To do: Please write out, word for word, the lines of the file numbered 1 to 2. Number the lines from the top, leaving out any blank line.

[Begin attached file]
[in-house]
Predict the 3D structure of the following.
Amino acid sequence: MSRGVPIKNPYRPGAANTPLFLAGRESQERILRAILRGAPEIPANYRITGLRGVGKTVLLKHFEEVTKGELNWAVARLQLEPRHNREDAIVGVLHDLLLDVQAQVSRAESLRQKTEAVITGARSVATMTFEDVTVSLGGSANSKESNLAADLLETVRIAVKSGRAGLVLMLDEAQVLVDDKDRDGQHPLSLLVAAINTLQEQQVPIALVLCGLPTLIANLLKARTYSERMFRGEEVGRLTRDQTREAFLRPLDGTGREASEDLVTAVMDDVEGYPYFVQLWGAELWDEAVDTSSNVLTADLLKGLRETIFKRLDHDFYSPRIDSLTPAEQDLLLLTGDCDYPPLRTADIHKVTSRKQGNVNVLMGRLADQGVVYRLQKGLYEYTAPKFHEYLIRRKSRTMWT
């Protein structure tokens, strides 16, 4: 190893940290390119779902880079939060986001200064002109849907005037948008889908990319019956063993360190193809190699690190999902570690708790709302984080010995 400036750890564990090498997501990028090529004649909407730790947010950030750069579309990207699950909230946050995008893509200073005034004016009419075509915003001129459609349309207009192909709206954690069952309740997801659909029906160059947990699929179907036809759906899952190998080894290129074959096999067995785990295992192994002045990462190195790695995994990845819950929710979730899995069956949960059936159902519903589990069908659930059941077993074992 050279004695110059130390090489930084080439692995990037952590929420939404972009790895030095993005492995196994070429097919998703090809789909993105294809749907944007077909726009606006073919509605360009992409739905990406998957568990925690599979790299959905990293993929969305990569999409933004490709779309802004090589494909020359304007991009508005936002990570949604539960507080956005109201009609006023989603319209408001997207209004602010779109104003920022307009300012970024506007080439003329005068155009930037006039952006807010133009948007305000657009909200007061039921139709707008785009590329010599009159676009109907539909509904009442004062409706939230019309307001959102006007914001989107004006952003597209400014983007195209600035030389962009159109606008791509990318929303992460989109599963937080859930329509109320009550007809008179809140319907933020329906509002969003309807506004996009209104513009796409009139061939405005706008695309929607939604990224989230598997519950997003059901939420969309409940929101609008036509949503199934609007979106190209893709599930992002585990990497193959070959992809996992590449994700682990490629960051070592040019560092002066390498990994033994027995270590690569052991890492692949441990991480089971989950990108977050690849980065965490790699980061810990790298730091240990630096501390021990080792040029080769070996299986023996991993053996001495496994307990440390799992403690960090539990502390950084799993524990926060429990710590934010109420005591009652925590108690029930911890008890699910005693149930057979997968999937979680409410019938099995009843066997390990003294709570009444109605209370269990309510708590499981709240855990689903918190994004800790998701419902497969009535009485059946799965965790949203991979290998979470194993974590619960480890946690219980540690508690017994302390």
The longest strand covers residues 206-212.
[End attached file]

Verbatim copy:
[in-house]
Predict the 3D structure of the following.